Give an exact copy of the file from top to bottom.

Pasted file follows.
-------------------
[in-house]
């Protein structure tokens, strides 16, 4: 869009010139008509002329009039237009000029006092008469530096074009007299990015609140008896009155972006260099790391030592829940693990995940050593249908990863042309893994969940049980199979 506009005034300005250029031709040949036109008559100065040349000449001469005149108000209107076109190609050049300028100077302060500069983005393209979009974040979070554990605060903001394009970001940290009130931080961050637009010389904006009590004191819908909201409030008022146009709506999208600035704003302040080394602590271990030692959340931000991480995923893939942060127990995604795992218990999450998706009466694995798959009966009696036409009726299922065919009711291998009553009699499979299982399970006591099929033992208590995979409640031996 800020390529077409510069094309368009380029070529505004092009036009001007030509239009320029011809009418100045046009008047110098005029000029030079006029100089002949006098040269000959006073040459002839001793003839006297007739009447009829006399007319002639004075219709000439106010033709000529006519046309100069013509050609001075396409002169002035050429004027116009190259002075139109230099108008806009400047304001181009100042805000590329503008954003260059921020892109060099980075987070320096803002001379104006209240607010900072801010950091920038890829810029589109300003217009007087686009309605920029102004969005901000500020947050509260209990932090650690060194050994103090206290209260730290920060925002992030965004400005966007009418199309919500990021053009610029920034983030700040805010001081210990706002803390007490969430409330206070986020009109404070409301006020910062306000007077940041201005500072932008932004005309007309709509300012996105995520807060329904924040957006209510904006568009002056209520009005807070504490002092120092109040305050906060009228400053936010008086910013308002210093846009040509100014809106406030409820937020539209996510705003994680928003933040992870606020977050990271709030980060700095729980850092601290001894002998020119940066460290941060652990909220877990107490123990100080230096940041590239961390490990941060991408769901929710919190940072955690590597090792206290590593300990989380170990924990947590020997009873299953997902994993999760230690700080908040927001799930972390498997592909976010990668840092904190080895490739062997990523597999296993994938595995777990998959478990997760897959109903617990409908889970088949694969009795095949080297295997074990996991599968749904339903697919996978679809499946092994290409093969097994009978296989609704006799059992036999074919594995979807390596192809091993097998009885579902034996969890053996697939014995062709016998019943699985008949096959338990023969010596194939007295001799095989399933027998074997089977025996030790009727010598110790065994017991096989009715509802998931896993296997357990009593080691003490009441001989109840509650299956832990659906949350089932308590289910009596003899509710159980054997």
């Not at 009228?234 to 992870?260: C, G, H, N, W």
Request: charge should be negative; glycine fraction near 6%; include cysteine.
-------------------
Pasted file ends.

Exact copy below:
[in-house]
């Protein structure tokens, strides 16, 4: 869009010139008509002329009039237009000029006092008469530096074009007299990015609140008896009155972006260099790391030592829940693990995940050593249908990863042309893994969940049980199979 506009005034300005250029031709040949036109008559100065040349000449001469005149108000209107076109190609050049300028100077302060500069983005393209979009974040979070554990605060903001394009970001940290009130931080961050637009010389904006009590004191819908909201409030008022146009709506999208600035704003302040080394602590271990030692959340931000991480995923893939942060127990995604795992218990999450998706009466694995798959009966009696036409009726299922065919009711291998009553009699499979299982399970006591099929033992208590995979409640031996 800020390529077409510069094309368009380029070529505004092009036009001007030509239009320029011809009418100045046009008047110098005029000029030079006029100089002949006098040269000959006073040459002839001793003839006297007739009447009829006399007319002639004075219709000439106010033709000529006519046309100069013509050609001075396409002169002035050429004027116009190259002075139109230099108008806009400047304001181009100042805000590329503008954003260059921020892109060099980075987070320096803002001379104006209240607010900072801010950091920038890829810029589109300003217009007087686009309605920029102004969005901000500020947050509260209990932090650690060194050994103090206290209260730290920060925002992030965004400005966007009418199309919500990021053009610029920034983030700040805010001081210990706002803390007490969430409330206070986020009109404070409301006020910062306000007077940041201005500072932008932004005309007309709509300012996105995520807060329904924040957006209510904006568009002056209520009005807070504490002092120092109040305050906060009228400053936010008086910013308002210093846009040509100014809106406030409820937020539209996510705003994680928003933040992870606020977050990271709030980060700095729980850092601290001894002998020119940066460290941060652990909220877990107490123990100080230096940041590239961390490990941060991408769901929710919190940072955690590597090792206290590593300990989380170990924990947590020997009873299953997902994993999760230690700080908040927001799930972390498997592909976010990668840092904190080895490739062997990523597999296993994938595995777990998959478990997760897959109903617990409908889970088949694969009795095949080297295997074990996991599968749904339903697919996978679809499946092994290409093969097994009978296989609704006799059992036999074919594995979807390596192809091993097998009885579902034996969890053996697939014995062709016998019943699985008949096959338990023969010596194939007295001799095989399933027998074997089977025996030790009727010598110790065994017991096989009715509802998931896993296997357990009593080691003490009441001989109840509650299956832990659906949350089932308590289910009596003899509710159980054997």
């Not at 009228?234 to 992870?260: C, G, H, N, W």
Request: charge should be negative; glycine fraction near 6%; include cysteine.